Road commissions are charged with providing reasonably safe roads to the motoring public through construction and maintenance efforts.
The Calhoun County Road Department (CCRD) maintains 1,300 miles of primary and local roads. Revenues are received through the State of Michigan under Public Act 51. These funds are generated through gas tax and license plate fees. Also under this authority, the road department is governed on how the funds are spent.
Funding is heavily weighted to primary roads where the traffic volume is greatest. Improvements on primary roadways are funded directly by Act 51.
For local roads, the law does not allow CCRD to spend any funds for resurfacing or reconstruction of local roads without financial participation from the local level. A match is required on local road projects, but the cost must be directed through the township. [View policy]
Each year, CCRD evaluates the roads in Calhoun County using national standards for surface quality. In this national rating system, a 1 means “Failed” and is a very deteriorated pavement; 8 is “Very Good” and is what a newly chip and sealed surface looks like; a 9 is “Excellent” as in a newly resurfaced road; and a 10 is “Excellent” and is a newly constructed road. Any road rated 4 or higher is considered to be at least “Fair”.
Local Road Program:
Each township handles the funding of the local match requirement in different ways. The most prevalent format is a millage directed to an account designated to fund the local match costs. The CCRD, with input from the township, prioritizes and determines which local roads will be improved each year. There are only a limited amount of funds each year, so in the absence of an enormous levy each year, most local roads could see some improvement work every 15-20 years. The downside of this process is that a property owner could pay into this fund for several years without benefiting directly.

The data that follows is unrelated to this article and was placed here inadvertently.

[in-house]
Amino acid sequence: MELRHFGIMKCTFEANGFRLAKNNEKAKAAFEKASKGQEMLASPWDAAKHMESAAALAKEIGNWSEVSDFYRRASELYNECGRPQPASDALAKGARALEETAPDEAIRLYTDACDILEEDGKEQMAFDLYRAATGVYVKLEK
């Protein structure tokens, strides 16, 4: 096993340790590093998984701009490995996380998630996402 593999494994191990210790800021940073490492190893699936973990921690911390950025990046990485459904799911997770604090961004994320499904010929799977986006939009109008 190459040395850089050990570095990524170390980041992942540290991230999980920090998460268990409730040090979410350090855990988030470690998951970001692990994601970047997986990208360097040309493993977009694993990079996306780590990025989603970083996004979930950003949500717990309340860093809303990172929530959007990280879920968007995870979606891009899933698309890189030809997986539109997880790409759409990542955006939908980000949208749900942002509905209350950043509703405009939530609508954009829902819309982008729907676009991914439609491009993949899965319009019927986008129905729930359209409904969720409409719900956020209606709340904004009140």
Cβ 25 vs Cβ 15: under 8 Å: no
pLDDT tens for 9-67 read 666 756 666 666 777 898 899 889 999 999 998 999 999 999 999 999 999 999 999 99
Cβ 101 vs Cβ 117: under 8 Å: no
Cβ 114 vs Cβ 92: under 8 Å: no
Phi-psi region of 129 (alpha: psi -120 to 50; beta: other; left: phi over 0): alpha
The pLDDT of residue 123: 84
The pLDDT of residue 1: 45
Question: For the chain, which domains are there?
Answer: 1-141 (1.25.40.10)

Another funding option that townships have for the local road match is to place the prioritization and designation of local roads for restoration in the hands of the property owners. The affected property owners pay only when they desire an improvement on their local road. A Special Assessment District is set up for these property owners.
Each township has their own step process to establish a special assessment district. An example of one Calhoun County township’s step process is as follows:
- Property owners define a segment of local road and what type of improvement they desire. The Road Department and the township can provide more information on the options available.
- The Road Department will estimate the project costs.
- The “local” match costs are determined for each property owner.
- A petition is circulated to affected property owners.
- When at least 51% of the affected property owners have signed the petition, the Township Board creates a Special Assessment District and sets a formal Public Hearing for the project.
- Each affected property owner receives for- mal notice of the process and is given the opportunity to vote in writing or at a hearing called for this purpose. This is a democratic process controlled by the affected property owners, with the majority prevailing.
- If no more than 50% object to the creation of the Special Assessment District, it is created and the project is scheduled.
- CCRD delivers the final cost of the project and the township sends bills and collects the funds from the property owners at the conclusion of the entire project. Under most circumstances, the Township Board will allow up to 2 years to satisfy the debt at a simple interest rate determined at the time.
Please contact your township for information on their local road match program.